Canton Today Magazine • November 2018

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CANTON TODAY A Monthly Magazine — All Canton, All The Time NOVEMBER 2018

Photo by Connecticut Headshots

Star Social Worker Has ‘Best Job Ever’ Claire Cote honored as a Star of the Town for her pivotal impact


Photo by Tom Kutz • 860-693-6254 •


In Collinsville, the Farmington River reflects fall foliage and a cloud-covered sky. The fairest river of them all? You make the call.


Thank you to the Editor-in-Chief, Bruce Deckert, for an amazing article [the October cover story] and a spectacular new magazine, Canton Today! I am truly humbled to be featured with my family. James DeCesare • Collinsville


• The photography for this well-written article [the October cover story] is outstanding! Beautiful work. You really captured their essence! • Very nice! Beautiful photos. I love the feature on Jessica Papp! • Great magazine!!! Note — The Canton Today Magazine publisher is a political independent, and that is the editorial stance of the magazine. Letters are welcome from the gamut of political persuasions as long as they are civil and tasteful. 2


Residents of Avon and Canton have the opportunity to make an informed and impactful choice this November by voting for Leslee Hill as their State Assembly representative for the 17th District. Like so many of her supporters, I am excited to see Leslee expand her contributions beyond the positive influence and measurable results she’s delivered as a local leader. Experiences gained as a First Selectman, former Board of Ed chair, and at regional government councils give Leslee the “been there, done that” credentials to dissect problems, establish collaborative solutions, and finally restore rational, fiscally responsible governance at the state level. One only need look at Canton’s high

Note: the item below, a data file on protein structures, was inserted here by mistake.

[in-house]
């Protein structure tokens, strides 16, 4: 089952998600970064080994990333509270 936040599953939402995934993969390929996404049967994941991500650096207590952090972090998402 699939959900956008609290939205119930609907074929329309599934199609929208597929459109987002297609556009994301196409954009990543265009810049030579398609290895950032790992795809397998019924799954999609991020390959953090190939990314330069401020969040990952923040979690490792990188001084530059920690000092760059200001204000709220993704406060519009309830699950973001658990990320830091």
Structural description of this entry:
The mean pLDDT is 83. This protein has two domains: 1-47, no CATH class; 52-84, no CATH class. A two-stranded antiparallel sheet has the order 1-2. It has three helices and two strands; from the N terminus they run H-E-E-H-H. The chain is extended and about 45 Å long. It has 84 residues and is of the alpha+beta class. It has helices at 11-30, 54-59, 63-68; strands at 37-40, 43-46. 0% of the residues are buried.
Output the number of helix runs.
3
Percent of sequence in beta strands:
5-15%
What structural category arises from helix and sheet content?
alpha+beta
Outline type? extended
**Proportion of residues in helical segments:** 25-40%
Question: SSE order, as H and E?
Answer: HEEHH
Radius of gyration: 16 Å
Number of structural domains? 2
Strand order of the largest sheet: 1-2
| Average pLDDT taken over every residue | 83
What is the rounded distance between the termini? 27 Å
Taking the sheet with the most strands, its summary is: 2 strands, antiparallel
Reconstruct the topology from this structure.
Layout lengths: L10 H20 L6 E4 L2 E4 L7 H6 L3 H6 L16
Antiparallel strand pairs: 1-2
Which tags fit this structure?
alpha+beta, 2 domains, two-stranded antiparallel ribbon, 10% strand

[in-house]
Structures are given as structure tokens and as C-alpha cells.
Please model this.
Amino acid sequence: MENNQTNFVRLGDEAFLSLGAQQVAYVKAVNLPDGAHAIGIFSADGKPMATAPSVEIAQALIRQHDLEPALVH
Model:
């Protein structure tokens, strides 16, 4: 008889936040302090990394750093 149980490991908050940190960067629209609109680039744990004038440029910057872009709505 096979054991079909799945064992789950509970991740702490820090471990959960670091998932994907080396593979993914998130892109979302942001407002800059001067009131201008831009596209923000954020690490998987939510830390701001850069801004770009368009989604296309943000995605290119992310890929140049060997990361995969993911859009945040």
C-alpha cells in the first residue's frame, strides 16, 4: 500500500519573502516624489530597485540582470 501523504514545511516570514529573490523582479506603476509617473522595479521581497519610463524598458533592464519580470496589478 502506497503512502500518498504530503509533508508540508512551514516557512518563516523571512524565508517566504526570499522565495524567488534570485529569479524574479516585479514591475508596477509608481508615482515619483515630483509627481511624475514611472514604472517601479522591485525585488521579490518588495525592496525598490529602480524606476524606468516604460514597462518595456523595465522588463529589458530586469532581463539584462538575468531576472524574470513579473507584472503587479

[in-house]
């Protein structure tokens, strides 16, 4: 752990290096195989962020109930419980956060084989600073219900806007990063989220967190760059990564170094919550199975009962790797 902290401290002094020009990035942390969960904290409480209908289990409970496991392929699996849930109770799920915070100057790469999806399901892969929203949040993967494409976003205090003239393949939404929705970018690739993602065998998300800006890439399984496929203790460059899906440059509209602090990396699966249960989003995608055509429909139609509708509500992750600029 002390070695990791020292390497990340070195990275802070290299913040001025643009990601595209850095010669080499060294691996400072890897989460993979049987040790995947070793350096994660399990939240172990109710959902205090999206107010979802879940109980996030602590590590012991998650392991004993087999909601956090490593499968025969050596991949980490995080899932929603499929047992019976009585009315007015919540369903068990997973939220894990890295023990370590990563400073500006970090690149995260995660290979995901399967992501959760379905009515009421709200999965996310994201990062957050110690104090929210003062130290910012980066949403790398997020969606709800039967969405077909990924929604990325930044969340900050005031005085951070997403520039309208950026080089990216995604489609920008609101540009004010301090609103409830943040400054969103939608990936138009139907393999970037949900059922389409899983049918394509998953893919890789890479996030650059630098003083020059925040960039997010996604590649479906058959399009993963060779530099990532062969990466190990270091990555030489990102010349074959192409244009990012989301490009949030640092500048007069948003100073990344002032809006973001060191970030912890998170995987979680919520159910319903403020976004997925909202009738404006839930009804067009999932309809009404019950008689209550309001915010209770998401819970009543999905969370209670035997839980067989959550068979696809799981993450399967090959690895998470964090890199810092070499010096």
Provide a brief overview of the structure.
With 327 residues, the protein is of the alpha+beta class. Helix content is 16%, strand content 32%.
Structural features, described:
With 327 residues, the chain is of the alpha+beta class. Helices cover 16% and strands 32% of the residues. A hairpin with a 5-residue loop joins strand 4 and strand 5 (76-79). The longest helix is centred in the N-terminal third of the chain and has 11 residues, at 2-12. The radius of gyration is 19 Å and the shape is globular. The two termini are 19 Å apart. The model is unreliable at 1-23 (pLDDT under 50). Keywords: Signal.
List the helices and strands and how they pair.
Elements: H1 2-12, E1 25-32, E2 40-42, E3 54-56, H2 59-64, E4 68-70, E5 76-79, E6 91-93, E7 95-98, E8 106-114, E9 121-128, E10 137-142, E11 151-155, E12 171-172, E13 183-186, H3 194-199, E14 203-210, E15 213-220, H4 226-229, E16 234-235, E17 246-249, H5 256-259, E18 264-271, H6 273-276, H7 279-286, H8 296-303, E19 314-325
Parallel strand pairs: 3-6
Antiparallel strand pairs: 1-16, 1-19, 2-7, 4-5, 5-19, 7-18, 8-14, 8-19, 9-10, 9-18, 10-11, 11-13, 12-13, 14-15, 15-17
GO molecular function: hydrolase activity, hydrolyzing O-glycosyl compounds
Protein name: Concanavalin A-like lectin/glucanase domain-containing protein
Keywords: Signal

financial ratings from leading independent rating firms to understand how Leslee will effectively represent us at the state level: S&P AAA rating and a Moody’s Aa2 rating with a positive outlook based on “conservative budgeting practices and strong operating performance … despite the ongoing state fiscal uncertainties.” Leslee also brings a balanced approach and promotes the best interests of entire communities without regard to political party, which explains why she has always had such a broad base of enthusiastic Republican, unaffiliated and Democratic supporters. Please join all of us in a vote that will greatly benefit everyone in Avon and Canton by selecting Leslee Hill for the 17th District State Assembly on Nov. 6. Brian First • Canton Brian is vice chairman of the Canton Republican Town Committee and chairman of the Board of Finance in Canton.

A Canton Today Thanksgiving




IF YOU’RE KEEPING SCORE at home, you know that this is the second issue of Canton Today Magazine, the print-and-digital monthly focusing exclusively on Canton — a classic New England town that now enjoys its own news vehicle again. Our second issue coincides with a time of year that is traditionally associated with giving thanks. Gratitude, they say, is good for the soul. In that Thanksgiving vein, allow me to pause and thank some people who have encouraged, supported and enhanced Canton Today Magazine. • Our advertising sponsors — these local businesses have made this Canton-dedicated news vehicle a reality. • The residents of Canton and all our readers, for your enthusiastic review of our debut edition — keep sending those story ideas and news items to

4 — CHAMBER HONORS STAR SOCIAL WORKER The Chamber of Commerce has honored Claire Cote, Canton’s Senior & Social Services Director, with its 2018 Service to the Community award. NOTEWORTHY NONPROFITS

8 — An Answer for Food Scarcity

Canton Food Bank Director Pat Lazauski is thankful for a community that gives “in an amazing way.”